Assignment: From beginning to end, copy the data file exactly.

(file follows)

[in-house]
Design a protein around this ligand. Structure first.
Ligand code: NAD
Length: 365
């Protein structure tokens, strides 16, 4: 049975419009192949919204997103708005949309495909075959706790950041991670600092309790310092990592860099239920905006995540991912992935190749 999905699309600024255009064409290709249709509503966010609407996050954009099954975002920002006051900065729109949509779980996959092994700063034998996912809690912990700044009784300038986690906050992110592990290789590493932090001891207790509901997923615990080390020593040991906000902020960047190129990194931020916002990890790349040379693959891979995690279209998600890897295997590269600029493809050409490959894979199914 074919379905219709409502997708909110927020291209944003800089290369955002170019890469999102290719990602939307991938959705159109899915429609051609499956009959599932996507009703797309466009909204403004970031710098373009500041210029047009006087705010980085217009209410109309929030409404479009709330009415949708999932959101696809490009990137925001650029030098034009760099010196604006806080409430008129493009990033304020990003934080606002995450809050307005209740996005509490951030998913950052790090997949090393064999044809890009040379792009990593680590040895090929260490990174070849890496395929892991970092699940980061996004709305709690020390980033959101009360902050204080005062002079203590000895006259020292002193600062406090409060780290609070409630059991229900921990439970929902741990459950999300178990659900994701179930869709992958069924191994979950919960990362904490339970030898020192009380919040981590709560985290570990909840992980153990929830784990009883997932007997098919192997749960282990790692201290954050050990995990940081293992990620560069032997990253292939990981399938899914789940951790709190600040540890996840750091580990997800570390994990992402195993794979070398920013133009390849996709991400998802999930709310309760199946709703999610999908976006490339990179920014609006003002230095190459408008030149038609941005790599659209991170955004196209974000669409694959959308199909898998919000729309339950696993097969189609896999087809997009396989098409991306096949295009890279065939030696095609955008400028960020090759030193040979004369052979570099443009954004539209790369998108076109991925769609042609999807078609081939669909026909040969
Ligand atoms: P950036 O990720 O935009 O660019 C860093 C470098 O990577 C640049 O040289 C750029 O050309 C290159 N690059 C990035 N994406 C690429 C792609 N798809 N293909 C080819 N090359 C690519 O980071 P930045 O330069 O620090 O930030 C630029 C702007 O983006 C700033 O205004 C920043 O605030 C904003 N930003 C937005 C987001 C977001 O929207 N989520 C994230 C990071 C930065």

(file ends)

[in-house]
Design a protein around this ligand. Structure first.
Ligand code: NAD
Length: 365
């Protein structure tokens, strides 16, 4: 049975419009192949919204997103708005949309495909075959706790950041991670600092309790310092990592860099239920905006995540991912992935190749 999905699309600024255009064409290709249709509503966010609407996050954009099954975002920002006051900065729109949509779980996959092994700063034998996912809690912990700044009784300038986690906050992110592990290789590493932090001891207790509901997923615990080390020593040991906000902020960047190129990194931020916002990890790349040379693959891979995690279209998600890897295997590269600029493809050409490959894979199914 074919379905219709409502997708909110927020291209944003800089290369955002170019890469999102290719990602939307991938959705159109899915429609051609499956009959599932996507009703797309466009909204403004970031710098373009500041210029047009006087705010980085217009209410109309929030409404479009709330009415949708999932959101696809490009990137925001650029030098034009760099010196604006806080409430008129493009990033304020990003934080606002995450809050307005209740996005509490951030998913950052790090997949090393064999044809890009040379792009990593680590040895090929260490990174070849890496395929892991970092699940980061996004709305709690020390980033959101009360902050204080005062002079203590000895006259020292002193600062406090409060780290609070409630059991229900921990439970929902741990459950999300178990659900994701179930869709992958069924191994979950919960990362904490339970030898020192009380919040981590709560985290570990909840992980153990929830784990009883997932007997098919192997749960282990790692201290954050050990995990940081293992990620560069032997990253292939990981399938899914789940951790709190600040540890996840750091580990997800570390994990992402195993794979070398920013133009390849996709991400998802999930709310309760199946709703999610999908976006490339990179920014609006003002230095190459408008030149038609941005790599659209991170955004196209974000669409694959959308199909898998919000729309339950696993097969189609896999087809997009396989098409991306096949295009890279065939030696095609955008400028960020090759030193040979004369052979570099443009954004539209790369998108076109991925769609042609999807078609081939669909026909040969
Ligand atoms: P950036 O990720 O935009 O660019 C860093 C470098 O990577 C640049 O040289 C750029 O050309 C290159 N690059 C990035 N994406 C690429 C792609 N798809 N293909 C080819 N090359 C690519 O980071 P930045 O330069 O620090 O930030 C630029 C702007 O983006 C700033 O205004 C920043 O605030 C904003 N930003 C937005 C987001 C977001 O929207 N989520 C994230 C990071 C930065």